special project

The Battle Pass Project

“Do you hear the clank of the muskets?
…In the midst of you stands an encampment very old…”
— Walt Whitman, “The Centenarian’s Story”

Battle Pass, a Proteus Gowanus initiative, explores ideas of conflict, history, and memory by marking sites of the Battle of Brooklyn. The largest confrontation of the Revolutionary War, it was fought on August 27, 1776, just weeks after the signing of the Declaration of Independence. The battle, which Walt Whitman described as a “resolute defeat,” unfolded across a large swath of Brooklyn stretching from Brooklyn Heights to Sunset Park; from the East River to East New York. Yet the battle is sometimes forgotten in the very neighborhoods where it occurred; the fields and marshes of 1776 are now a post-industrial urban landscape that includes a Federal Superfund site.

Beginning in March 2012, a series of multimedia, interdisciplinary installations, performances and workshops were initiated at selected battle sites throughout Brooklyn, created by a collaborative of artists, performers, historians, and urban planners. The project stimulates Brooklyn’s “memory,” suggesting parallels between past and present as it explores the complexity, moral dilemma and devastation of war. Each consecutive Battle Pass project is referred to as a “revolution,” drawing attention to the circular meaning of the word, and suggesting that history, and war in particular, often repeats itself.

 Battle Pass – Revolution I

Collaborative Installation
March 2 – April 12, 2012
GRIDSPACE 112 Rogers Ave/Sterling Place

Battle Pass – Revolution I was a collaborative mixed media installation in the storefront window of the Crown Heights art space GRIDSPACE, visible from the street twenty four hours a day.  The installation included “battle ship” assemblages made of found objects; a ceramic tricorn hat; a series of black ribbon cockades; and wood panels that included drawn, painted and burned imagery and text from the Walt Whitman poem “The Centenarian’s Story.”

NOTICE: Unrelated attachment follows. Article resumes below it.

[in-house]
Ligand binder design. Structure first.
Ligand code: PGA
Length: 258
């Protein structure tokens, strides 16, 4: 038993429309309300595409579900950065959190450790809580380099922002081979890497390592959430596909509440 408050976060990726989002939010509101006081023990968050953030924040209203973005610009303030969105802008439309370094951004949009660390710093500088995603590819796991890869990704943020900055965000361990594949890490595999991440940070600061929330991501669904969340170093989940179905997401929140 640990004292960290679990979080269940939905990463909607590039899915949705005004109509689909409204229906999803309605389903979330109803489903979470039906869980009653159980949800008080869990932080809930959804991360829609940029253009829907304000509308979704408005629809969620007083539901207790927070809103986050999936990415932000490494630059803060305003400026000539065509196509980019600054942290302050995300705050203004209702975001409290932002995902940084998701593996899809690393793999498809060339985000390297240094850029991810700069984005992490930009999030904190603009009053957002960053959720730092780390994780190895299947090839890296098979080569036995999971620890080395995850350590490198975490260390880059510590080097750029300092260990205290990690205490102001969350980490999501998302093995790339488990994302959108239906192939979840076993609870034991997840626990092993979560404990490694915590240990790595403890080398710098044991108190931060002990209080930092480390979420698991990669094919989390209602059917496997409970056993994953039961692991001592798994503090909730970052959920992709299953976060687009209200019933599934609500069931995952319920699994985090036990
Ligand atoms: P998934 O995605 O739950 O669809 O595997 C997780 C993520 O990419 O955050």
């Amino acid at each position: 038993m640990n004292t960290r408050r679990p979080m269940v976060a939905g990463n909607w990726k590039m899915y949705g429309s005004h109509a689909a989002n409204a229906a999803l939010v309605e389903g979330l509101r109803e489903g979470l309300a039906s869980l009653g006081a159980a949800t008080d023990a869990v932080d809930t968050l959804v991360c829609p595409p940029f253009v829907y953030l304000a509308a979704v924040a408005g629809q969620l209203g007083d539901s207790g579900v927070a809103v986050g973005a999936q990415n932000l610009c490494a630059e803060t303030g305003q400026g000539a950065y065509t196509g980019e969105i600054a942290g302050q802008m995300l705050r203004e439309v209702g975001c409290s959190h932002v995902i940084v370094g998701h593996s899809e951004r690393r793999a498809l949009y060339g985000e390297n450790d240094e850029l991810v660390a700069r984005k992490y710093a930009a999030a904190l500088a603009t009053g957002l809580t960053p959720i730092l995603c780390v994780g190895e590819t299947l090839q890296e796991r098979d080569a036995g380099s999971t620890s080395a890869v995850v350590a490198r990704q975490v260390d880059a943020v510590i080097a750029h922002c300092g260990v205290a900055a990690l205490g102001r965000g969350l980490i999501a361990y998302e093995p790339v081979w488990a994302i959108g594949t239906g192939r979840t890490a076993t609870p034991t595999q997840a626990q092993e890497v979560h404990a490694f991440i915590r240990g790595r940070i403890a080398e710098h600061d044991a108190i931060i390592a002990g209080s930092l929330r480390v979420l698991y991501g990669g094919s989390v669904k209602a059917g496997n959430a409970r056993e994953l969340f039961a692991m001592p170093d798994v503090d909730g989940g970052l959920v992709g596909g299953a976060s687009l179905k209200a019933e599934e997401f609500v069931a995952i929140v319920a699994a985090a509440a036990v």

Artists Sasha Chavchavadze, Robyn Love, and Eva Melas contributed to the installation; educator Angela Kramer Murphy wrote a short history of Bedford Pass, an important Battle of Brooklyn site that was just a few hundred feet from GRIDSPACE.

At the opening on March 11, Paul Benney, dressed in colonial garb, performed a piece inspired by the Battle of Brooklyn. Artist Robyn Love led a cockade-making workshop at the opening.  Guests were asked to pick causes worth fighting for, and then create their own ribbon cockades to wear.

History: Crown Heights, Bedford Pass, and the Battle of Brooklyn

The neighborhood that is now Crown Heights played a decisive role in the Battle of Brooklyn. Fought on August 27, 1776, it was the first confrontation between British forces and the Continental Army after the Declaration of Independence was signed, and more soldiers fought here, in Brooklyn, than in any other battle of the American Revolution.

During the war, Crown Heights—or Crow Hill—was a rocky, unsettled outcropping rising above surrounding farmlands. Bedford Pass, located less than a few hundred feet from the corner of Rogers Avenue and Sterling Place, cut through this wilderness.